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In review: Colin Quinn in “Long Story Short” on Broadway

A lot has changed in Colin Quinn's latest one-man show since I first saw him workshop it under a different name ("The Fall of it All") months ago in the basement lounge of Gotham Comedy Club. Inside the Helen Hayes Theatre, "Long Story Short" now boasts a set design resembling a Greco-Roman amphitheater, with a giant monitor screen that can illuminate and animate the empires of our past. Musical notes and quick black-outs break up the show into multiple vignettes, each one giving Quinn a chance to tackle a particular empire, how it rose and why it fell. But the biggest difference between what Quinn began with and what he presents now for a limited engagement on Broadway is jokes. Lots and lots of jokes. That's perhaps the one thing that lets you know that Jerry Seinfeld had a hand in the production as Quinn's director. Opening Night audience members got to see Seinfeld onstage to take a bow with Quinn. But it's his unseen guidance which allows Quinn to tighten up his message, to pack and pepper his 75-minute with as many jokes as a monologue about how our very world around us today is crumbling could allow. Because that's a difficult message for audiences to hear. Just as the Greeks, the Romans and the Brits saw their hold over the world slip out of their grasps, so...

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Watch the entire telecast from PBS of Tina Fey’s ceremony honoring her with the Mark Twain Prize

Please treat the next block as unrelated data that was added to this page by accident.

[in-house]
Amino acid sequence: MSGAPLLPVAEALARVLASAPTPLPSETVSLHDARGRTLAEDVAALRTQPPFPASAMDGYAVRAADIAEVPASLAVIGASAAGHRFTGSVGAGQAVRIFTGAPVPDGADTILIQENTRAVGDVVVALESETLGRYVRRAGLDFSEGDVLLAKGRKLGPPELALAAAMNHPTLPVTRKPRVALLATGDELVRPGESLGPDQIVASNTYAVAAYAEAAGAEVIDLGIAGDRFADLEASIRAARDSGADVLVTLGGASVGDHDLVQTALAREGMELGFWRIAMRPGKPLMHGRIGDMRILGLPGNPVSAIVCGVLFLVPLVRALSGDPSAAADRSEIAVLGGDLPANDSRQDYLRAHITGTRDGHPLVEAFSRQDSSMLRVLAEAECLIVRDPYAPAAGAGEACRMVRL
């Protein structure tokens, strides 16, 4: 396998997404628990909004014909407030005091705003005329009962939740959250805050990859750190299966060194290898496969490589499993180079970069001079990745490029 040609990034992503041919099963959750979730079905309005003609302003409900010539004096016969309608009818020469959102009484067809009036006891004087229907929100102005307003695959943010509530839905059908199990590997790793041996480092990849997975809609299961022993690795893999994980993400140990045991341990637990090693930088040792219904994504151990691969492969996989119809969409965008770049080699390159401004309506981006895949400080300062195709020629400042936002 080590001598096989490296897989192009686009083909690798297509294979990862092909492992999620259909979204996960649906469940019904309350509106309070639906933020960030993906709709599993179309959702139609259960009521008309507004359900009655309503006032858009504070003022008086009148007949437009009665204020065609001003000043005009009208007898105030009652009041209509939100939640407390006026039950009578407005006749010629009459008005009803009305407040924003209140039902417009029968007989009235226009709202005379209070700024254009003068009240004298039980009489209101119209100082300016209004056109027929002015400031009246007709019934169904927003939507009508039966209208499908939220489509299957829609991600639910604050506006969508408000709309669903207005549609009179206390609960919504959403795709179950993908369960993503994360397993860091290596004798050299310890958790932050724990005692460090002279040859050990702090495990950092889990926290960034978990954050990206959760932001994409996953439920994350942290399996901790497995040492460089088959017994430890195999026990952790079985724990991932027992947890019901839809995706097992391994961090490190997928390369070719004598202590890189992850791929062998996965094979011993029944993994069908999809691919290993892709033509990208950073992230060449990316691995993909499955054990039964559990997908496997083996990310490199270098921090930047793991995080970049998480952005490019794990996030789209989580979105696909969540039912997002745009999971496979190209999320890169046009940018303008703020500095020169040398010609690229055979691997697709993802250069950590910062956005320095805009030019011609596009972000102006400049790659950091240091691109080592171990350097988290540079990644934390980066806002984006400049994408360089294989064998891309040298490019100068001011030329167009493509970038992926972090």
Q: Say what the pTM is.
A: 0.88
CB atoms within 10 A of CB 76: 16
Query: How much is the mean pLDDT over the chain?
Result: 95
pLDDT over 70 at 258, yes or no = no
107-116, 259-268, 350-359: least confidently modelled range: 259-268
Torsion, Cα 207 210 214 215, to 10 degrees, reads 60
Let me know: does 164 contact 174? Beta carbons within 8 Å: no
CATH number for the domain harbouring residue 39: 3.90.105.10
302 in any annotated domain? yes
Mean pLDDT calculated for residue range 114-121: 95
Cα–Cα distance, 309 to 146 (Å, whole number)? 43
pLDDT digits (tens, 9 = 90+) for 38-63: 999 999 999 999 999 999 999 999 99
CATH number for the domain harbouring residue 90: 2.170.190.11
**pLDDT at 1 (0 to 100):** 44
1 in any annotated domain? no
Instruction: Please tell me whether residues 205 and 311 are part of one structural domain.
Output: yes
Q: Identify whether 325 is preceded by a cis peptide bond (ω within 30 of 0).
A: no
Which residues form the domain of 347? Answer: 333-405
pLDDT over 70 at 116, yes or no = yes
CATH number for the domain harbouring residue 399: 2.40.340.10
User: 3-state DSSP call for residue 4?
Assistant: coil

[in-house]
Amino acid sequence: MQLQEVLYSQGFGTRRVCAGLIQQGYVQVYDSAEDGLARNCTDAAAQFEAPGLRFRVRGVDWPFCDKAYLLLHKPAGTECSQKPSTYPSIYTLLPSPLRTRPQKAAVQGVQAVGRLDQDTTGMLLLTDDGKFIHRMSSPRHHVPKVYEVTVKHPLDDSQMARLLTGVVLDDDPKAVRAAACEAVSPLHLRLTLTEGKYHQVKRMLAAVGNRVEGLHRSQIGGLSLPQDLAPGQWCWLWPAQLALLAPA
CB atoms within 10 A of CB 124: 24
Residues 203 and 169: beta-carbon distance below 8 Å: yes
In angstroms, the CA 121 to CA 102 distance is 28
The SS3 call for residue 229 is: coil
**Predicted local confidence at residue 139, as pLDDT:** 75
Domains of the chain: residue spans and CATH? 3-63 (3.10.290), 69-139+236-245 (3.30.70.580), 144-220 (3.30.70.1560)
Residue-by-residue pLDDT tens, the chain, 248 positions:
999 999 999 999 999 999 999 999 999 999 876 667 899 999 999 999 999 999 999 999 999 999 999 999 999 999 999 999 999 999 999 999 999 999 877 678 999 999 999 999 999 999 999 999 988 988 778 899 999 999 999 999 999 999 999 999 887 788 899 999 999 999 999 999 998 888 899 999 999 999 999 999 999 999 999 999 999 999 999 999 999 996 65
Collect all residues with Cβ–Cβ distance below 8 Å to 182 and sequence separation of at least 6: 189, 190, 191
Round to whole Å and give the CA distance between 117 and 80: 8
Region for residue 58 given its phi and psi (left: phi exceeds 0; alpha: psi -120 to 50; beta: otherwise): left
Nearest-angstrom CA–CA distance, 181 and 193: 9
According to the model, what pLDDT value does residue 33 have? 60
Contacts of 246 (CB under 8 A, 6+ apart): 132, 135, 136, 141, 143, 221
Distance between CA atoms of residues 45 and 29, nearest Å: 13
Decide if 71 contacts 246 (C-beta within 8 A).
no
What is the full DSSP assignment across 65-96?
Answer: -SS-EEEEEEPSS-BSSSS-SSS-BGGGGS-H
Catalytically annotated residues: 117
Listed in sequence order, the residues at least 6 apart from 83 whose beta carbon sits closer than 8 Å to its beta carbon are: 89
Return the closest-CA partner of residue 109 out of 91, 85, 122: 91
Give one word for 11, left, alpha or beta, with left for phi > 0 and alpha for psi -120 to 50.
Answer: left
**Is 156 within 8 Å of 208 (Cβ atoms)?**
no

In case you missed it last night, PBS has thankfully put the entire telecast online from The Kennedy Center's honoring of Tina Fey with the Mark Twain Prize. Among the highlights: Alec Baldwin pretending to be a resurrected Mark Twain; Lorne Michaels' heartfelt speech about Fey; and Fey's acceptance speech, in which she hoped that "women are achieving at a rate these days to a point where we can stop counting what number they are things." Watch the whole thing here:   Others who appeared onstage to testify to Fey's work as a humorist included Fred Armisen, Steve Carell, Jimmy Fallon, Jon Hamm, Jennifer Hudson, Jane Krakowski, Steve Martin, Seth Meyers, Tracy Morgan, Amy Poehler and Betty White. At 40, Fey is by far the youngest to win the Mark Twain Prize. Which means it's certainly not the lifetime achievement award that it has been since the Kennedy Center began bestowing annually in 1998. No, Fey is at the peak of her comedic powers. Which is also a nice thing to honor. A humorist at his or her peak. Of course, it's also a bit awkward to have a 90-minute telecast that has much in the way of clips to show from the previous century, which was all of 10 years ago. Don't worry, Betty White. As you joked onstage, perhaps they'll get around to you just yet. Recipients of...